Thursday, September 27, 2007
Aztec Authors - Fall 2007
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“Cemeteries of San Diego”
by Seth Mallios
Since who can remember, San Diego has been growing too fast to acknowledge its rich past. Some of the city’s oldest cemeteries now pass as community parks, and headstones that could shed light on local history have gone missing. In 2002, SDSU Anthropology Professor Seth Mallios set out to study and record gravestone art and information before redevelopment and neglect claimed more of this precious real estate. “Cemeteries of San Diego” (Arcadia Publishing, 2007) documents the history of San Diego as the headstones tell it, revealing a city dominated by power shifts and constantly propelled forward by its own multicultural vibrancy.
“Luncheon of the Boating Party”
by Susan Vreeland
In “Luncheon of the Boating Party” (The Viking Press, 2007), New York Times bestselling author and SDSU alumna Susan Vreeland crafts another fascinating story of the art world. This time, the city is Paris; the year, 1880. Auguste Renoir, irked by some bad press courtesy of novelist Emile Zola, attempts to redeem the scorned Impressionist movement by creating a masterpiece before the “good light” fades. At the suggestion of an innkeeper’s daughter, Renoir assembles a cast of subjects from all walks of life on the hotel’s terrace. The complicated entanglements that ensue both threaten the completion of Renoir’s masterwork and determine its greatness.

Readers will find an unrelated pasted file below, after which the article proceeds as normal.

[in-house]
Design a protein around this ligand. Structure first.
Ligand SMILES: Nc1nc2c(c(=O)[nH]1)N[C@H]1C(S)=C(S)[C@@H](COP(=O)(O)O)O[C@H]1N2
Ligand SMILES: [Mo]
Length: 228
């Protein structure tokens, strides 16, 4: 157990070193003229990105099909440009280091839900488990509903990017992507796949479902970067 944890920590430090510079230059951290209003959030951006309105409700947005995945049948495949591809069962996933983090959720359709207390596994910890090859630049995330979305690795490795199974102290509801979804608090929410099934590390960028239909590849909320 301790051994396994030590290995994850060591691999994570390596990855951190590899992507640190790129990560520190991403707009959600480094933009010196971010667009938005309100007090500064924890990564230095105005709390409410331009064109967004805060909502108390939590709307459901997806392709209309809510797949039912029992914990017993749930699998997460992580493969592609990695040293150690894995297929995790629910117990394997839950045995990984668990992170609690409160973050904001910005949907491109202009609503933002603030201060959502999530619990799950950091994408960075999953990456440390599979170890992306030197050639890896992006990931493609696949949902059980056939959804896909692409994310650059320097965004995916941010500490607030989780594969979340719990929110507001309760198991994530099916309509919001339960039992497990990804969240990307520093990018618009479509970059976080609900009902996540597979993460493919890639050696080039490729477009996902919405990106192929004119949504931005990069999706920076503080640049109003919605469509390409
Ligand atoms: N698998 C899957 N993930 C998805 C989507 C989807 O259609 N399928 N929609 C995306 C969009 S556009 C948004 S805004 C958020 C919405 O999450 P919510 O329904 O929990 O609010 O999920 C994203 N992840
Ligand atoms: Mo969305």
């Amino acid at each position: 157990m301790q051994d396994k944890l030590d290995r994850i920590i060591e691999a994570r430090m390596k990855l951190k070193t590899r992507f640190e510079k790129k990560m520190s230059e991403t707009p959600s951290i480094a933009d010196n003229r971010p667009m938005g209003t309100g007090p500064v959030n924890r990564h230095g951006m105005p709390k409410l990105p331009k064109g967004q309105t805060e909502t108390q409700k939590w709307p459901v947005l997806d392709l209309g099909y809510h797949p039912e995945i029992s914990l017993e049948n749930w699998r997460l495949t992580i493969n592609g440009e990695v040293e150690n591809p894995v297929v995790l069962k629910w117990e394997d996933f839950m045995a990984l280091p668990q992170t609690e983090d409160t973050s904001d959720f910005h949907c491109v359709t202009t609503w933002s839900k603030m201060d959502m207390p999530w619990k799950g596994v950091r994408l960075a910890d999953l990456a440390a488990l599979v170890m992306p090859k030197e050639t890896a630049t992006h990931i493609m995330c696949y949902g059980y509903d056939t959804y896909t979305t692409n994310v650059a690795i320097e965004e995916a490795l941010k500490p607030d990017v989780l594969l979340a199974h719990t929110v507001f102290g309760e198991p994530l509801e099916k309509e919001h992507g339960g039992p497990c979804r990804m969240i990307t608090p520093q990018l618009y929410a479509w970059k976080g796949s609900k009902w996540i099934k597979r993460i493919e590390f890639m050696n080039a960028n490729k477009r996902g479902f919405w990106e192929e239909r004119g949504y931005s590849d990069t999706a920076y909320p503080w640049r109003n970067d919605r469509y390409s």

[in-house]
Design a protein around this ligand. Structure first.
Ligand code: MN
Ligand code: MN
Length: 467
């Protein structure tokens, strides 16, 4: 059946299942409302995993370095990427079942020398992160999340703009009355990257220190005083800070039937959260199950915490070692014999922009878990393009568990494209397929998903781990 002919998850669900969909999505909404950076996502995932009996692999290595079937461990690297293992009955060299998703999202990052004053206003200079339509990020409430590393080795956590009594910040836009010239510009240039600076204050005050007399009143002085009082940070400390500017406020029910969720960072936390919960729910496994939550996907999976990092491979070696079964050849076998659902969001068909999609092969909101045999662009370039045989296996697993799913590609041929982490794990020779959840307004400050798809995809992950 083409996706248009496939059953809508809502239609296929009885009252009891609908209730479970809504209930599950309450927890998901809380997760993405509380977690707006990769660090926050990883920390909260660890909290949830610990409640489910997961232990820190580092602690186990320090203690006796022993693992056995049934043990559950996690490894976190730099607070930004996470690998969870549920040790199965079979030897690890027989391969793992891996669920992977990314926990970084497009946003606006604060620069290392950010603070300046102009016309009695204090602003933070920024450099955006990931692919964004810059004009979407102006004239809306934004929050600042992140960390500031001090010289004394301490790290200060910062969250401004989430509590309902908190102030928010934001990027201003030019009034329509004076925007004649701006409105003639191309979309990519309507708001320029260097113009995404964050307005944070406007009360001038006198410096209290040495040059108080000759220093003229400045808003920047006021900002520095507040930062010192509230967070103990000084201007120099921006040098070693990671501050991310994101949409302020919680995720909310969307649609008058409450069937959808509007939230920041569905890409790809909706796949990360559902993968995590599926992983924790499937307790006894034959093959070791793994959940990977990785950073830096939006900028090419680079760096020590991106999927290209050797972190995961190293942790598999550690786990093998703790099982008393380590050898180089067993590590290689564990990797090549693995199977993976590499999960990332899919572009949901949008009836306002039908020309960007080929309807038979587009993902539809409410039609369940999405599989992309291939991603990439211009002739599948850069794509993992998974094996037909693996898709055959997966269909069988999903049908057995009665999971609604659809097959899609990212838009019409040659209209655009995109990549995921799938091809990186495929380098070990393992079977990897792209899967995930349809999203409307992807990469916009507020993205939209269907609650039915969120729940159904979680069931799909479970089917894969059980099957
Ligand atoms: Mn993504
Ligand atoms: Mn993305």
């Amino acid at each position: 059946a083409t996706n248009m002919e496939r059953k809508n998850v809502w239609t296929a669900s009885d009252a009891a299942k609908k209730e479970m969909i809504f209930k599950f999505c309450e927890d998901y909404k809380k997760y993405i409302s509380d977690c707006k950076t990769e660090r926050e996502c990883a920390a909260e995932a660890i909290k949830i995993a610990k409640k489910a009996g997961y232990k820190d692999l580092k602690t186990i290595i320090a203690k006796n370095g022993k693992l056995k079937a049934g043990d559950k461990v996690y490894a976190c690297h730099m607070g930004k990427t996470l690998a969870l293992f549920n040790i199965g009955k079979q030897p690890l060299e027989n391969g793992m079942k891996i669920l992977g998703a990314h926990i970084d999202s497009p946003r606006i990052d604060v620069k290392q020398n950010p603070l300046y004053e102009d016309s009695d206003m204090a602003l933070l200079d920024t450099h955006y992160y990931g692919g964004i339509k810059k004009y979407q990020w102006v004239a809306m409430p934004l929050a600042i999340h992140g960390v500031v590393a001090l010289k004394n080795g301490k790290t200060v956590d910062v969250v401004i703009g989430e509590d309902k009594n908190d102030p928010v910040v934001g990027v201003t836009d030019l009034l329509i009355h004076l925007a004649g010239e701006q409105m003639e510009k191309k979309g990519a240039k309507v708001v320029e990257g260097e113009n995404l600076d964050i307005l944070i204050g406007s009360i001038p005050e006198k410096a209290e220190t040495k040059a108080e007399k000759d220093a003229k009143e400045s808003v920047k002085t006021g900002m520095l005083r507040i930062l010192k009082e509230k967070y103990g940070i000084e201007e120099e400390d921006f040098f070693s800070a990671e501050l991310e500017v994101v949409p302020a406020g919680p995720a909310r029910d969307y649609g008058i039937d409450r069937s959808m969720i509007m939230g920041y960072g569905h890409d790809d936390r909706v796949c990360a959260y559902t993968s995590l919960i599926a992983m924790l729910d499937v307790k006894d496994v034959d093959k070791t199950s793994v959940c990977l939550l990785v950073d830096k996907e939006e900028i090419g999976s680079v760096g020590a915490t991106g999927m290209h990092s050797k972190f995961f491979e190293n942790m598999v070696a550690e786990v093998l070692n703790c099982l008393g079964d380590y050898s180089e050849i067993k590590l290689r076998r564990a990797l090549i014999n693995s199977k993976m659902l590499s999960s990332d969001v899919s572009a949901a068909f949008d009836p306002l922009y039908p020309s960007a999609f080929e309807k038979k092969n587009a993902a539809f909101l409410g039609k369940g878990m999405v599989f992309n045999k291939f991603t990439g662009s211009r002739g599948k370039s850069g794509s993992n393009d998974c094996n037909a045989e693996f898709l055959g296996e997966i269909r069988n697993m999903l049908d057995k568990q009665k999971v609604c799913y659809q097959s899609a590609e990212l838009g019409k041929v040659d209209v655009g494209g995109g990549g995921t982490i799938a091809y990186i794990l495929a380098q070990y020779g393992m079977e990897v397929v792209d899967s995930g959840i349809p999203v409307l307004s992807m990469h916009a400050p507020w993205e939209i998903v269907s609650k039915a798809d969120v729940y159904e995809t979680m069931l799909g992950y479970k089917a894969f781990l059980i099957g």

“W.E.B. Du Bois: American Prophet”
by Edward Blum
Famed novelist, sociologist and poet W.E.B. Du Bois was a foremost African-American intellectual of the 20th century. But, for as often as he is studied, quoted and cited, aspects of his life remain misunderstood. In the nonfiction Pulitzer Prize-nominated book, “W.E.B. Du Bois: American Prophet” (University of Pennsylvania Press 2007), SDSU history Professor Edward Blum recasts Du Bois’s central works and exposes the deep spirituality that guided his influential writings on Marxism, pan-Africanism, nuclear disarmament and white supremacy. Blum finds that Du Bois was not the atheist depicted by historians; rather, his religious beliefs informed some of his greatest scholarly achievements.
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